Africa key to solution of global problems: PM
Monday, 30 May 2011, 02:39 Hrs | 1 Comments
"We look upon Africa as a new growth pole for the world economy and many times I think that the world problems with regard to food and natural resource are going to be resolved in what happens to economic development pace of Africa," Manmohan Singh told reporters while returning from his third trip to African countries.
"World is faced with a shortage of raw materials, world is faced with a shortage of food. The more I look at the possibilities of progress in Africa, I am convinced that it is going to provide the space for the solution of the global food problem, global resource problems," he said.
"And therefore it is the responsibility of all of us to work together with the countries of Africa to evolve a more equitable, more balanced, a more inclusive process of development, avoiding the colonial patterns of development in this regard," he stressed.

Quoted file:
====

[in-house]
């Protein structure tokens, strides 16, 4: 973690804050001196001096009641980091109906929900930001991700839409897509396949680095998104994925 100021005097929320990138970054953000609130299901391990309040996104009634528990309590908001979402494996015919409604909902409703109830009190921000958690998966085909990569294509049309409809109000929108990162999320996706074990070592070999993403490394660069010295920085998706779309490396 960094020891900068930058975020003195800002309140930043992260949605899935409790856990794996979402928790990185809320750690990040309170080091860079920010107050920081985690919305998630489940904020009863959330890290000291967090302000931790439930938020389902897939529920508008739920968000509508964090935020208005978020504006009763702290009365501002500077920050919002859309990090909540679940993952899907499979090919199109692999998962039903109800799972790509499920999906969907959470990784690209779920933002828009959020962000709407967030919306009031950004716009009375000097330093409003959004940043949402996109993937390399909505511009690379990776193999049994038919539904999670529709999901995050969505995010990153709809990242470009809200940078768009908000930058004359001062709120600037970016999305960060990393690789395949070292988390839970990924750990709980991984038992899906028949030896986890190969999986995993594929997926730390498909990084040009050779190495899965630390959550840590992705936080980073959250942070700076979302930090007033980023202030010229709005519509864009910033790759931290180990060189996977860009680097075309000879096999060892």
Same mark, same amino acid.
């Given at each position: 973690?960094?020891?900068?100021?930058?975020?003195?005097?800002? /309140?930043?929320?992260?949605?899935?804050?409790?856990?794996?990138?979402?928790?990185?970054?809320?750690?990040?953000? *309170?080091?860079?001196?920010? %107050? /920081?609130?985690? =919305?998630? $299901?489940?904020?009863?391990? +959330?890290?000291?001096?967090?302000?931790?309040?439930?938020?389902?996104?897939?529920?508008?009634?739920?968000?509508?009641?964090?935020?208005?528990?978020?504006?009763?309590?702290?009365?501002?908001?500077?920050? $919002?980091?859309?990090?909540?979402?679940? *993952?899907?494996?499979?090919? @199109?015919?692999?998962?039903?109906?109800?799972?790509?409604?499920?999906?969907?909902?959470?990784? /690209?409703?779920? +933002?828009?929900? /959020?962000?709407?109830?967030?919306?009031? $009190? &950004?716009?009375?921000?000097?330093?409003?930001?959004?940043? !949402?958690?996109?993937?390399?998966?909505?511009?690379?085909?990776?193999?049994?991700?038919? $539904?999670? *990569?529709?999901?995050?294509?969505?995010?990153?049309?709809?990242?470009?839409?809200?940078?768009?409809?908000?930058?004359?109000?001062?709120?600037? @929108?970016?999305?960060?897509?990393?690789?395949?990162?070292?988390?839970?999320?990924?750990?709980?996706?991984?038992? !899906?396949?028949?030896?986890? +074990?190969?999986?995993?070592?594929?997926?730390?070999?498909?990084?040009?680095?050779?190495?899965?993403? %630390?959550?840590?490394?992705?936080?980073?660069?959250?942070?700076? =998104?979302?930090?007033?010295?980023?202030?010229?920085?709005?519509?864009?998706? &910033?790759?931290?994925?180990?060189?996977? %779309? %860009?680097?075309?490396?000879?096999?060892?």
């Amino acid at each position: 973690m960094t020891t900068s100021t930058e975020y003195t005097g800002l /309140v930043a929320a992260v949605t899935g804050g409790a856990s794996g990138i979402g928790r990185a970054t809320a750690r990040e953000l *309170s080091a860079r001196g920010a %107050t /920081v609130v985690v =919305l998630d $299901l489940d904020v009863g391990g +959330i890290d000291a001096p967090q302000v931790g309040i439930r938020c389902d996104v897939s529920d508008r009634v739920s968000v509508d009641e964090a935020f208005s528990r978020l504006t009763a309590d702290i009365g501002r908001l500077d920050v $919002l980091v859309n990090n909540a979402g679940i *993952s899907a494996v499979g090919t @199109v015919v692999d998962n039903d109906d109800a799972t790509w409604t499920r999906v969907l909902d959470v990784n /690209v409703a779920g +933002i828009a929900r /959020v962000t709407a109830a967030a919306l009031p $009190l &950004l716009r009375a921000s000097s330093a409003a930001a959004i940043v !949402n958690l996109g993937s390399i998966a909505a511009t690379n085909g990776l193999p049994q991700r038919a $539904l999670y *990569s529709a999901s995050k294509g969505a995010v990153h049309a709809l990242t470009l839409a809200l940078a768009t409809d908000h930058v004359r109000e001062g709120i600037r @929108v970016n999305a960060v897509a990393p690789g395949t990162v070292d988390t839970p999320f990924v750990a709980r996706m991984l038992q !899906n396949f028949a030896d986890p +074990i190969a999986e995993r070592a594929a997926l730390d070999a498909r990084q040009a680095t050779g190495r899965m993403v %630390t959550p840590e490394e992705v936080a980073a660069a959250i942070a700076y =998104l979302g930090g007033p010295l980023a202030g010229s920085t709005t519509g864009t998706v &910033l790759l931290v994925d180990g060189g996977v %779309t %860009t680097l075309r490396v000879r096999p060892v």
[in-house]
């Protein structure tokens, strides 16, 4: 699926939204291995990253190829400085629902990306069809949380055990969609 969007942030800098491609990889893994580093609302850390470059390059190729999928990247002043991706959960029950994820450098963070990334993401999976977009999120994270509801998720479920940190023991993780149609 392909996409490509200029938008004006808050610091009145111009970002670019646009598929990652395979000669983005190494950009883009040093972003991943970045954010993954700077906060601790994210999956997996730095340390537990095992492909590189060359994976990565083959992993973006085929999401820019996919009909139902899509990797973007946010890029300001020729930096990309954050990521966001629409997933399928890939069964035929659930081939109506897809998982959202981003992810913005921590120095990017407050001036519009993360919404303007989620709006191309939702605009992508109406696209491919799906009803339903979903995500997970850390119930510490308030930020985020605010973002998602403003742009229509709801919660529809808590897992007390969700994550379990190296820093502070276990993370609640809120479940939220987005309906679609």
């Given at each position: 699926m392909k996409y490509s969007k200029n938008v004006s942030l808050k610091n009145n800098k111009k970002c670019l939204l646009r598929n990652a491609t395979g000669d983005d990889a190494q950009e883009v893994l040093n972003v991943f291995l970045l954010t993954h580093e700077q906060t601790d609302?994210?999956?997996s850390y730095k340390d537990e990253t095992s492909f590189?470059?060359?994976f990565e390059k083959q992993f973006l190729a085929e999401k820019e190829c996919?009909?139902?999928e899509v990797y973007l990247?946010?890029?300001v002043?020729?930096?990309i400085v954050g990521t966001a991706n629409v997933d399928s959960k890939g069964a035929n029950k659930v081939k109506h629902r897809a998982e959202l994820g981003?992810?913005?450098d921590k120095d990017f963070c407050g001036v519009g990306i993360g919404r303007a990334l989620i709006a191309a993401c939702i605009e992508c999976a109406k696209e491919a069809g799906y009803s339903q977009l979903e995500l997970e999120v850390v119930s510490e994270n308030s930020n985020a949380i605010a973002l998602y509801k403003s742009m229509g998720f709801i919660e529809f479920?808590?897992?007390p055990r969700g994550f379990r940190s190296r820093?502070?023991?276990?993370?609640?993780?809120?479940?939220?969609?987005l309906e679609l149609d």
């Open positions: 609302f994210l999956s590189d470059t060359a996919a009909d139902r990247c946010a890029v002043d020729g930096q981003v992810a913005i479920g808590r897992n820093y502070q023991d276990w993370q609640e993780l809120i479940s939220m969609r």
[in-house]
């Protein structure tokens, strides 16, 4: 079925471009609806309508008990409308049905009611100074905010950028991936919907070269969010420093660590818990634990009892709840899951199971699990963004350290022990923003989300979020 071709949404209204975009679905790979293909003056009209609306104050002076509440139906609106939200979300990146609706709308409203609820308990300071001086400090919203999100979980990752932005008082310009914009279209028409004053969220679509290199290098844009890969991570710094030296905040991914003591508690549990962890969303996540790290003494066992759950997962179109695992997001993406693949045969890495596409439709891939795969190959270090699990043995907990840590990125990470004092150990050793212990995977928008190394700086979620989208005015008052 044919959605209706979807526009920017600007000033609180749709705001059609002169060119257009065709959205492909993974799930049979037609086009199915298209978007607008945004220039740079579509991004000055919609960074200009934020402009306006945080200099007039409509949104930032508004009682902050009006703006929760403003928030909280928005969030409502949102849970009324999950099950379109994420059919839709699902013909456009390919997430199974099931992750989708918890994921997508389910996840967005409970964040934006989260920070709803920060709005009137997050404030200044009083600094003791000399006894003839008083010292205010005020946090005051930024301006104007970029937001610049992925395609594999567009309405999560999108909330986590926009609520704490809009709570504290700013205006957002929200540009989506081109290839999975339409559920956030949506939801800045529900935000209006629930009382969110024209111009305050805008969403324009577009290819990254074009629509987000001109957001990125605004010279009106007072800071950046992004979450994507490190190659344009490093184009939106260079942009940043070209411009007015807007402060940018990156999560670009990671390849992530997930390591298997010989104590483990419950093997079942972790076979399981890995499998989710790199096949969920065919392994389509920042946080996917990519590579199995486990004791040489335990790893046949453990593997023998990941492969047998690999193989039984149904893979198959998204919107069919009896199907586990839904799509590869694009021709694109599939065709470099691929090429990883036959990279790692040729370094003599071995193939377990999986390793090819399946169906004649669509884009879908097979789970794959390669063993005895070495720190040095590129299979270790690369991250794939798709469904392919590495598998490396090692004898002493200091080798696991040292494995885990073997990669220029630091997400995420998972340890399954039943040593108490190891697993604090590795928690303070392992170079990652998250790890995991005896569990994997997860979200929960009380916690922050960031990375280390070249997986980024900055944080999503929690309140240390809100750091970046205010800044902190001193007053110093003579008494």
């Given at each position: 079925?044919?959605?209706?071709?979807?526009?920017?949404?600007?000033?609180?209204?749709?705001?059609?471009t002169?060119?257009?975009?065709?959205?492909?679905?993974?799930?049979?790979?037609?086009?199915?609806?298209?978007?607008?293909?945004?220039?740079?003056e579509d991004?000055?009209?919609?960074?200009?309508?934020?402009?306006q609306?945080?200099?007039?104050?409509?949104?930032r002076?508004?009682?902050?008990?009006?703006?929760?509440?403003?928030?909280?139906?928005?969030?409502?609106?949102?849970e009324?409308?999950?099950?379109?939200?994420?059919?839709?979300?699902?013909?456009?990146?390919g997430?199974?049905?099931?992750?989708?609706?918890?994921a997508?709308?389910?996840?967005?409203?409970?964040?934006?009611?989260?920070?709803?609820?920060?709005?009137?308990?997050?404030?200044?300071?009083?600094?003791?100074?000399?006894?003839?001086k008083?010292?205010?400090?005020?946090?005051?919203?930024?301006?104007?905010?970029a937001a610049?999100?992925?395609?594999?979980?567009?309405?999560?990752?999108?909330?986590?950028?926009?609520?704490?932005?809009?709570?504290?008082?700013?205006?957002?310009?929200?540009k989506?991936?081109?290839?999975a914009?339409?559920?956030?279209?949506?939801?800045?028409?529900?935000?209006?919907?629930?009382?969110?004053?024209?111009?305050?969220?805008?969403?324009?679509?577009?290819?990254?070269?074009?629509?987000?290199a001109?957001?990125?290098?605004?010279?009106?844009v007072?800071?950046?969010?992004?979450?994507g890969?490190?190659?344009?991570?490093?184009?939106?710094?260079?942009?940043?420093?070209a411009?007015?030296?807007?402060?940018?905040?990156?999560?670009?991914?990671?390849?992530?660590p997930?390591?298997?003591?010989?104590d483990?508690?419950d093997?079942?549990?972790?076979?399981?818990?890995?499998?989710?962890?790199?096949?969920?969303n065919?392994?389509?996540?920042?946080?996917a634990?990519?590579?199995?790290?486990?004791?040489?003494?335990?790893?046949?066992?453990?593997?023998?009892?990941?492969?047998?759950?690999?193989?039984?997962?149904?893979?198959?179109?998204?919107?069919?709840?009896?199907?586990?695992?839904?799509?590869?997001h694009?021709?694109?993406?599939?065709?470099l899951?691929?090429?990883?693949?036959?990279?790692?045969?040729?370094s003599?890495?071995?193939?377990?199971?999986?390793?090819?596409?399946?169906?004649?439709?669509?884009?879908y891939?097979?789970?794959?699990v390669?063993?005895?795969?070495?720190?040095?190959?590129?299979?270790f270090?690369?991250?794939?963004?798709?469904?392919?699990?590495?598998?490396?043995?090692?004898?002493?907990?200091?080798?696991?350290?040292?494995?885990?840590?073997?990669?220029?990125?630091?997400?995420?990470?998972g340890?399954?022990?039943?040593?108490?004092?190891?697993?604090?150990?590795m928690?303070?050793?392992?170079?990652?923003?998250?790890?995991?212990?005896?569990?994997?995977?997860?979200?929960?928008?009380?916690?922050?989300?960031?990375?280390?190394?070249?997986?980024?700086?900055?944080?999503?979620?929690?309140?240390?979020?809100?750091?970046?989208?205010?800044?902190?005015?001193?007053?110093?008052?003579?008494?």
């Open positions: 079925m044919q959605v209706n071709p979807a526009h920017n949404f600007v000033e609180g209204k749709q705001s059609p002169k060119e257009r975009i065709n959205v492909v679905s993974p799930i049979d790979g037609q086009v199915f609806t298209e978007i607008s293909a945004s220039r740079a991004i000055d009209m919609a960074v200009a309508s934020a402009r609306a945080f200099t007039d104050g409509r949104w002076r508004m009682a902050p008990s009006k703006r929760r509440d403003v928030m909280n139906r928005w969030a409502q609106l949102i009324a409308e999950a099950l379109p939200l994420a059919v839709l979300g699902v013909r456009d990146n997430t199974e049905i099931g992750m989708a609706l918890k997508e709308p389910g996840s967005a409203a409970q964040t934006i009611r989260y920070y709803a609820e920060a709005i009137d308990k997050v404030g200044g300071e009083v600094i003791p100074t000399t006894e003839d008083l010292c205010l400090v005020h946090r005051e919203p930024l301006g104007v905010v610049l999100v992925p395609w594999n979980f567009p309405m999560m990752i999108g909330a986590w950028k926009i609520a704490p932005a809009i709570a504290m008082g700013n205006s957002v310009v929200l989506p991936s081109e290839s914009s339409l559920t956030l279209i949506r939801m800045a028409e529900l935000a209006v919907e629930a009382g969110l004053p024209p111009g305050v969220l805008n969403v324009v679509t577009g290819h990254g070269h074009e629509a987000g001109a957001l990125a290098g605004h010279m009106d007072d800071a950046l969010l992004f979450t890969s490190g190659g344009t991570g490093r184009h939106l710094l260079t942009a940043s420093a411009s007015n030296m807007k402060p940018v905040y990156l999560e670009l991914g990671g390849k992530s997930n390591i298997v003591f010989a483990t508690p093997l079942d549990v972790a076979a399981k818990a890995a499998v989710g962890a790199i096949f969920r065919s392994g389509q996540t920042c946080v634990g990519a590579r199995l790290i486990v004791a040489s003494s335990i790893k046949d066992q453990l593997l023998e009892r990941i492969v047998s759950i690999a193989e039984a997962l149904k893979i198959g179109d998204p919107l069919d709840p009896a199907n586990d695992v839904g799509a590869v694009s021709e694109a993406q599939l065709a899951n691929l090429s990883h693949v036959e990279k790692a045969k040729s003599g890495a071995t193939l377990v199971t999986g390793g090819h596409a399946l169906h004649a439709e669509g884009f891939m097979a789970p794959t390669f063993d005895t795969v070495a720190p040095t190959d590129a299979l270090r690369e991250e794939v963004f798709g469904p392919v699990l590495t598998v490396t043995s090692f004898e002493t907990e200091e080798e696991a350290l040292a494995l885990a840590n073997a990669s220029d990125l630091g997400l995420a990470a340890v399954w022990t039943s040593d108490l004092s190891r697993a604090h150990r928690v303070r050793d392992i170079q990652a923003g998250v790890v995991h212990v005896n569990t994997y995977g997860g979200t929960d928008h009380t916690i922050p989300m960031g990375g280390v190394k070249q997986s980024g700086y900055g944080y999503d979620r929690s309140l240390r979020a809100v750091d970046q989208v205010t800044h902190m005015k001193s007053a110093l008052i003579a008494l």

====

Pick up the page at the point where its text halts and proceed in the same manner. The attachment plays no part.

Manmohan Singh also lauded "the new breed of African leadership" emerging in the continent.
"I have been very impressed with the new breed of African leadership, their knowledge, there awareness of the depth of the problem and the opportunities and challenges that they face, and their strong desire to do their utmost to help their country, to create a space that they need for Africa to emerge as a new growth pole for the evolving global economy."
Describing his visit to African countries as "very fruitful", the prime minister said the second India-Africa Forum Summit held in Addis Ababa earlier this week has given "more teeth" to India's cooperation with the African continent.
At the summit, Manmohan Singh announced $5.7 billion for a host of capacity building institutions that will include India setting up over 80 training centres across the African continent.
In bilateral talks with Ethiopia, he pledged $300 million for an Ethiopia-Djibouti rail link and announced setting up of capacity-building research institutions in the areas of agriculture and textiles in that country. In Tanzania, he unveiled a package of $191 million for the East African country.
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